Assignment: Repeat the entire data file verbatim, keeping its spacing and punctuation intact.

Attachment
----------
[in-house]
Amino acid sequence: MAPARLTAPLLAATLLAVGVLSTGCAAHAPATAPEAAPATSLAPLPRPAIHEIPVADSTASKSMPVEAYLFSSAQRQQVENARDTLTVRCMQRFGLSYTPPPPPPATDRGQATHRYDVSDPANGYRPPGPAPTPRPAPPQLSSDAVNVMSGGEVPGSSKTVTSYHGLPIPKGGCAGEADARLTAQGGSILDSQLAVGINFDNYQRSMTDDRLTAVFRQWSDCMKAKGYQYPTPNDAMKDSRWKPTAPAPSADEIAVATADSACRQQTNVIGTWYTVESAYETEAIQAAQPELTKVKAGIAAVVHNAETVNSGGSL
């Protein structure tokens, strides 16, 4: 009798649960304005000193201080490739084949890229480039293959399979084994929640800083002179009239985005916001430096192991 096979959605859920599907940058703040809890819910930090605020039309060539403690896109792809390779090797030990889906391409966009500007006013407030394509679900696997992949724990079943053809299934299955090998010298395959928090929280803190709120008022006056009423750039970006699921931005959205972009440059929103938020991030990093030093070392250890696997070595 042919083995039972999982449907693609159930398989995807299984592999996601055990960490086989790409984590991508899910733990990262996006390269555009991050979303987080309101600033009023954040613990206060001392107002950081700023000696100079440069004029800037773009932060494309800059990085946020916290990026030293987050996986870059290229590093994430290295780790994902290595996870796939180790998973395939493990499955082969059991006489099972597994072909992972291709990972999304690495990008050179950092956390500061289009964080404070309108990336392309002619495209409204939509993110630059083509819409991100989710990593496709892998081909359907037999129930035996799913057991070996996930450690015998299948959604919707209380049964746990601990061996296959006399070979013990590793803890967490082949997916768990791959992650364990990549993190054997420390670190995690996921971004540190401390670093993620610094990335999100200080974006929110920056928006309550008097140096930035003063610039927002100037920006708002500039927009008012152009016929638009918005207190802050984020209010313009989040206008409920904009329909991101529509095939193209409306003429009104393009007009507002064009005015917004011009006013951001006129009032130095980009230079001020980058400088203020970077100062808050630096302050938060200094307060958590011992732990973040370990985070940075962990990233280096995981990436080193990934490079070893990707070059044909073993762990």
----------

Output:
[in-house]
Amino acid sequence: MAPARLTAPLLAATLLAVGVLSTGCAAHAPATAPEAAPATSLAPLPRPAIHEIPVADSTASKSMPVEAYLFSSAQRQQVENARDTLTVRCMQRFGLSYTPPPPPPATDRGQATHRYDVSDPANGYRPPGPAPTPRPAPPQLSSDAVNVMSGGEVPGSSKTVTSYHGLPIPKGGCAGEADARLTAQGGSILDSQLAVGINFDNYQRSMTDDRLTAVFRQWSDCMKAKGYQYPTPNDAMKDSRWKPTAPAPSADEIAVATADSACRQQTNVIGTWYTVESAYETEAIQAAQPELTKVKAGIAAVVHNAETVNSGGSL
């Protein structure tokens, strides 16, 4: 009798649960304005000193201080490739084949890229480039293959399979084994929640800083002179009239985005916001430096192991 096979959605859920599907940058703040809890819910930090605020039309060539403690896109792809390779090797030990889906391409966009500007006013407030394509679900696997992949724990079943053809299934299955090998010298395959928090929280803190709120008022006056009423750039970006699921931005959205972009440059929103938020991030990093030093070392250890696997070595 042919083995039972999982449907693609159930398989995807299984592999996601055990960490086989790409984590991508899910733990990262996006390269555009991050979303987080309101600033009023954040613990206060001392107002950081700023000696100079440069004029800037773009932060494309800059990085946020916290990026030293987050996986870059290229590093994430290295780790994902290595996870796939180790998973395939493990499955082969059991006489099972597994072909992972291709990972999304690495990008050179950092956390500061289009964080404070309108990336392309002619495209409204939509993110630059083509819409991100989710990593496709892998081909359907037999129930035996799913057991070996996930450690015998299948959604919707209380049964746990601990061996296959006399070979013990590793803890967490082949997916768990791959992650364990990549993190054997420390670190995690996921971004540190401390670093993620610094990335999100200080974006929110920056928006309550008097140096930035003063610039927002100037920006708002500039927009008012152009016929638009918005207190802050984020209010313009989040206008409920904009329909991101529509095939193209409306003429009104393009007009507002064009005015917004011009006013951001006129009032130095980009230079001020980058400088203020970077100062808050630096302050938060200094307060958590011992732990973040370990985070940075962990990233280096995981990436080193990934490079070893990707070059044909073993762990």